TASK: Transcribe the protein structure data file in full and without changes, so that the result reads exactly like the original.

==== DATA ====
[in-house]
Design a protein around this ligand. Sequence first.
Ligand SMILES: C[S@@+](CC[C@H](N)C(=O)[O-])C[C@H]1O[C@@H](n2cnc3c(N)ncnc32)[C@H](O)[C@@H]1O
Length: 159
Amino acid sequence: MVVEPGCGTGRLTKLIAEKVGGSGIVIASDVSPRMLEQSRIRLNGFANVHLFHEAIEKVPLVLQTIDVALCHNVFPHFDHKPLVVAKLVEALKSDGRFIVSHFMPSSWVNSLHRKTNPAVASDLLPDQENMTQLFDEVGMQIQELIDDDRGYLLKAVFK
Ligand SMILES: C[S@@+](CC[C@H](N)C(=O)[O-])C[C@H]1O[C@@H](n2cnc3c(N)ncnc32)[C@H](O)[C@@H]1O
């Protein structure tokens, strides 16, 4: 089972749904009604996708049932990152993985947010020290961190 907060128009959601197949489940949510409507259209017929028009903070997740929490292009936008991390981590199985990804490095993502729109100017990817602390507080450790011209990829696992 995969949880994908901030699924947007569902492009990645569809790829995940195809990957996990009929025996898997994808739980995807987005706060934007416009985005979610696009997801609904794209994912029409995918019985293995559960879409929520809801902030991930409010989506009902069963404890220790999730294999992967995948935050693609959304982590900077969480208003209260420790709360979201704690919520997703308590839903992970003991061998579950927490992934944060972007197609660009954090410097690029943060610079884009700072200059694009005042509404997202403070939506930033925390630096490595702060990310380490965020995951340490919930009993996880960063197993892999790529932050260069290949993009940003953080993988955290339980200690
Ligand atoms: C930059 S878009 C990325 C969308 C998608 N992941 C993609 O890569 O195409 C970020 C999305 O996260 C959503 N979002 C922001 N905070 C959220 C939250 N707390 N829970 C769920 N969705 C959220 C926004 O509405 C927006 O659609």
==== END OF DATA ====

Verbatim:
[in-house]
Design a protein around this ligand. Sequence first.
Ligand SMILES: C[S@@+](CC[C@H](N)C(=O)[O-])C[C@H]1O[C@@H](n2cnc3c(N)ncnc32)[C@H](O)[C@@H]1O
Length: 159
Amino acid sequence: MVVEPGCGTGRLTKLIAEKVGGSGIVIASDVSPRMLEQSRIRLNGFANVHLFHEAIEKVPLVLQTIDVALCHNVFPHFDHKPLVVAKLVEALKSDGRFIVSHFMPSSWVNSLHRKTNPAVASDLLPDQENMTQLFDEVGMQIQELIDDDRGYLLKAVFK
Ligand SMILES: C[S@@+](CC[C@H](N)C(=O)[O-])C[C@H]1O[C@@H](n2cnc3c(N)ncnc32)[C@H](O)[C@@H]1O
């Protein structure tokens, strides 16, 4: 089972749904009604996708049932990152993985947010020290961190 907060128009959601197949489940949510409507259209017929028009903070997740929490292009936008991390981590199985990804490095993502729109100017990817602390507080450790011209990829696992 995969949880994908901030699924947007569902492009990645569809790829995940195809990957996990009929025996898997994808739980995807987005706060934007416009985005979610696009997801609904794209994912029409995918019985293995559960879409929520809801902030991930409010989506009902069963404890220790999730294999992967995948935050693609959304982590900077969480208003209260420790709360979201704690919520997703308590839903992970003991061998579950927490992934944060972007197609660009954090410097690029943060610079884009700072200059694009005042509404997202403070939506930033925390630096490595702060990310380490965020995951340490919930009993996880960063197993892999790529932050260069290949993009940003953080993988955290339980200690
Ligand atoms: C930059 S878009 C990325 C969308 C998608 N992941 C993609 O890569 O195409 C970020 C999305 O996260 C959503 N979002 C922001 N905070 C959220 C939250 N707390 N829970 C769920 N969705 C959220 C926004 O509405 C927006 O659609």